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Parkinson’s Disease: The 7 Symptoms to Recognize It!

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Parkinson’s Disease: The 7 Symptoms to Recognize It!

Parkinson’s disease is a neurodegenerative disease that affects the central nervous system, progressing slowly and affecting movement control.

Parkinson’s disease is a progressive neurodegenerative disease that affects the central nervous system, particularly those parts of the brain responsible for controlling movement. The disease was first described in 1817 by the English physician James Parkinson, and research has made much progress since then, but the definitive cure remains to be found.


The exact causes of Parkinson’s are not completely understood, but researchers have identified some factors that may play a significant role. Genetically, mutations in specific genes have been associated with the disease, although this affects only a small percentage of cases. Environmental factors, such as exposure to pesticides and some heavy metals, are considered potential triggers of the disease. Additionally, the loss of neurons that produce dopamine, a neurotransmitter essential for movement coordination, is a hallmark of Parkinson’s.


Parkinson’s symptoms are varied and develop gradually, often starting so mildly that they go unnoticed. The following seven symptoms are among the most common:

Tremor at rest: One of the earliest symptoms, it usually starts in a hand or limb and can worsen with stress or emotion.

Muscle stiffness: Patients often experience resistance when moving their arms or legs, which limits their range of motion.

Bradicinesia: Slowness of movement is one of the cardinal signs of Parkinson’s, affecting daily activities such as dressing or eating.

Postural instability: Balance and coordination problems can make it difficult to maintain posture, increasing the risk of falls.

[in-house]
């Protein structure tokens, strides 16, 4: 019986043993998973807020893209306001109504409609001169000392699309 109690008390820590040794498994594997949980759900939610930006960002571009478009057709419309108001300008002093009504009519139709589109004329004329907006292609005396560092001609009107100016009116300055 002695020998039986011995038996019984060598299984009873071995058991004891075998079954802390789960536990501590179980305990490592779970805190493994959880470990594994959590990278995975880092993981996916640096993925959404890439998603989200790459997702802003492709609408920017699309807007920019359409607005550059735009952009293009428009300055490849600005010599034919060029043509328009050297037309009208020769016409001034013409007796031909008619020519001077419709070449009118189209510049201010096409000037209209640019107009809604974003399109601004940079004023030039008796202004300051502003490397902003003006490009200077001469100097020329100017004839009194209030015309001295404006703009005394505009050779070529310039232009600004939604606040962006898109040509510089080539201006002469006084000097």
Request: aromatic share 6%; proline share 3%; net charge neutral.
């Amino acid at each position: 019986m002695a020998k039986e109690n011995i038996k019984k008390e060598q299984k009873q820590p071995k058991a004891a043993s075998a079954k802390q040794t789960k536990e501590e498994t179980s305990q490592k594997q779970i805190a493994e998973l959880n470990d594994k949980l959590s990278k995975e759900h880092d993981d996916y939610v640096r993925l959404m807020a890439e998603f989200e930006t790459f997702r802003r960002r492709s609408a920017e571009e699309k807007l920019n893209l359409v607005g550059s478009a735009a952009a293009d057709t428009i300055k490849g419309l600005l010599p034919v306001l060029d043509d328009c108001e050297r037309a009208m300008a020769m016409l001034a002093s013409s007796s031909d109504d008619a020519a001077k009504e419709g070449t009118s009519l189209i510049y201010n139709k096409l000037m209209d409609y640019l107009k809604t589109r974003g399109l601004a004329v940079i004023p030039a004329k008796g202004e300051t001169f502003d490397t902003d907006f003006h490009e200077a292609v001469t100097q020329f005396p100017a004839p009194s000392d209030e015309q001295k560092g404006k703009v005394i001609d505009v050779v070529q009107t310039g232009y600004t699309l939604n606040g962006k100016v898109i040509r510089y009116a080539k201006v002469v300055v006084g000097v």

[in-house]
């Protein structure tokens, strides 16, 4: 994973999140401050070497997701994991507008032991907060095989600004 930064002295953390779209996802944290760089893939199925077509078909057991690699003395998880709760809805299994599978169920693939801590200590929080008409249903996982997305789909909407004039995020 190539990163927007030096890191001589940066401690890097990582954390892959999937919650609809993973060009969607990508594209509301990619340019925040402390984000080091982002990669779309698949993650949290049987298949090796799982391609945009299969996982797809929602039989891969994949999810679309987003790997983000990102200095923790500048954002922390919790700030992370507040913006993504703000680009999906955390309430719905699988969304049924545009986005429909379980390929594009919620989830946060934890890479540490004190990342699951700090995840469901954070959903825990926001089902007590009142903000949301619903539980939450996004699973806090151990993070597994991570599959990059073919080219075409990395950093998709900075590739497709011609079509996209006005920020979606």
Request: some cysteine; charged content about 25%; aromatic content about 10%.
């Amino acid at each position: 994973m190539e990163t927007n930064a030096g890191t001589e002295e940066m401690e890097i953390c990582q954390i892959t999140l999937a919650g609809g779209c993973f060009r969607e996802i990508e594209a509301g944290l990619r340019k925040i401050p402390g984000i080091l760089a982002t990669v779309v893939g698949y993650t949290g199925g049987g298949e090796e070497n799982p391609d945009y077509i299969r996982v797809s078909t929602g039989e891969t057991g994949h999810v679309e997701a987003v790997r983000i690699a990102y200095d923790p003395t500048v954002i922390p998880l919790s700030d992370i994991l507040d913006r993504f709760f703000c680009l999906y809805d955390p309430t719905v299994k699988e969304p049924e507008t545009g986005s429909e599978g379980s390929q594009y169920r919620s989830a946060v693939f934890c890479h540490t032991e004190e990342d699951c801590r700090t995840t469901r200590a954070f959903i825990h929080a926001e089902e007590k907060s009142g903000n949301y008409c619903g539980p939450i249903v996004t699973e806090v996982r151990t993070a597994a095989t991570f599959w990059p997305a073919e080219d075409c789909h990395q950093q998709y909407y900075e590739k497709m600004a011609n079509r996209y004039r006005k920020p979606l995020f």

Gait alterations: The disease can cause walking in small steps or the inability to initiate movement of the feet.

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Autonomic dysfunction: This includes problems such as constipation, erectile dysfunction and excessive sweating.

Cognitive and mental health changes: Many patients experience cognitive changes, depression, anxiety, and sleep difficulties.


While there is no cure for Parkinson’s, there are several treatments that can help manage symptoms. Levodopa, combined with another drug called carbidopa, is the most common treatment and increases dopamine levels in the brain. Other medications may include dopamine agonists, MAO-B inhibitors, and anticholinergics, which help control symptoms or improve motor functions.

In addition to medications, physical therapy plays a crucial role in maintaining mobility and improving quality of life. Occupational therapy helps patients manage daily activities, while speech therapy can improve speech and swallowing problems.

Recently, surgeries such as deep brain stimulation (DBS) have been used to treat patients who do not respond to medications. This method involves implanting electrodes into the brain to regulate neural signals.

In conclusion, although Parkinson’s is a complex disease with many challenges, advances in understanding and treatment offer hope to those affected. With a combined approach of pharmacological, physical and, when necessary, surgical therapies, many patients can maintain an active and satisfying life.

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